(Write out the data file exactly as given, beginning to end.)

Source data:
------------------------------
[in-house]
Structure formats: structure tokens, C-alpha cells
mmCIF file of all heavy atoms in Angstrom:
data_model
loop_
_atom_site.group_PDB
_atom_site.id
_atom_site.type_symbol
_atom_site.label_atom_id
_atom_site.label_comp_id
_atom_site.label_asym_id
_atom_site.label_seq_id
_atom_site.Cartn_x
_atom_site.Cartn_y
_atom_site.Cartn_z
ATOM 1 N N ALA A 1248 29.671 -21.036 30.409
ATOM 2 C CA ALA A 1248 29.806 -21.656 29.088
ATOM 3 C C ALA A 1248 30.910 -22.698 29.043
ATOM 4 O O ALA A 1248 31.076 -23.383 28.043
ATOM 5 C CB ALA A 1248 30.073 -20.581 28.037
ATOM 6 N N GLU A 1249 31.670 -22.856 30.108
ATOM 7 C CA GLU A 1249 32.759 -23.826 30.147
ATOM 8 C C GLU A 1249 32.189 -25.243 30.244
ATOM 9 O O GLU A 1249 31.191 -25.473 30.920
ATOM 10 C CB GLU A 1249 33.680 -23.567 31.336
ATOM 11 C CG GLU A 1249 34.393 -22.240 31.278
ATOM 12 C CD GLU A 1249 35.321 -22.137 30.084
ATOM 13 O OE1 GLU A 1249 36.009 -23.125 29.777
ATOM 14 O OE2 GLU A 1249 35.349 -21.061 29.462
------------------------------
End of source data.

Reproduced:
[in-house]
Structure formats: structure tokens, C-alpha cells
mmCIF file of all heavy atoms in Angstrom:
data_model
loop_
_atom_site.group_PDB
_atom_site.id
_atom_site.type_symbol
_atom_site.label_atom_id
_atom_site.label_comp_id
_atom_site.label_asym_id
_atom_site.label_seq_id
_atom_site.Cartn_x
_atom_site.Cartn_y
_atom_site.Cartn_z
ATOM 1 N N ALA A 1248 29.671 -21.036 30.409
ATOM 2 C CA ALA A 1248 29.806 -21.656 29.088
ATOM 3 C C ALA A 1248 30.910 -22.698 29.043
ATOM 4 O O ALA A 1248 31.076 -23.383 28.043
ATOM 5 C CB ALA A 1248 30.073 -20.581 28.037
ATOM 6 N N GLU A 1249 31.670 -22.856 30.108
ATOM 7 C CA GLU A 1249 32.759 -23.826 30.147
ATOM 8 C C GLU A 1249 32.189 -25.243 30.244
ATOM 9 O O GLU A 1249 31.191 -25.473 30.920
ATOM 10 C CB GLU A 1249 33.680 -23.567 31.336
ATOM 11 C CG GLU A 1249 34.393 -22.240 31.278
ATOM 12 C CD GLU A 1249 35.321 -22.137 30.084
ATOM 13 O OE1 GLU A 1249 36.009 -23.125 29.777
ATOM 14 O OE2 GLU A 1249 35.349 -21.061 29.462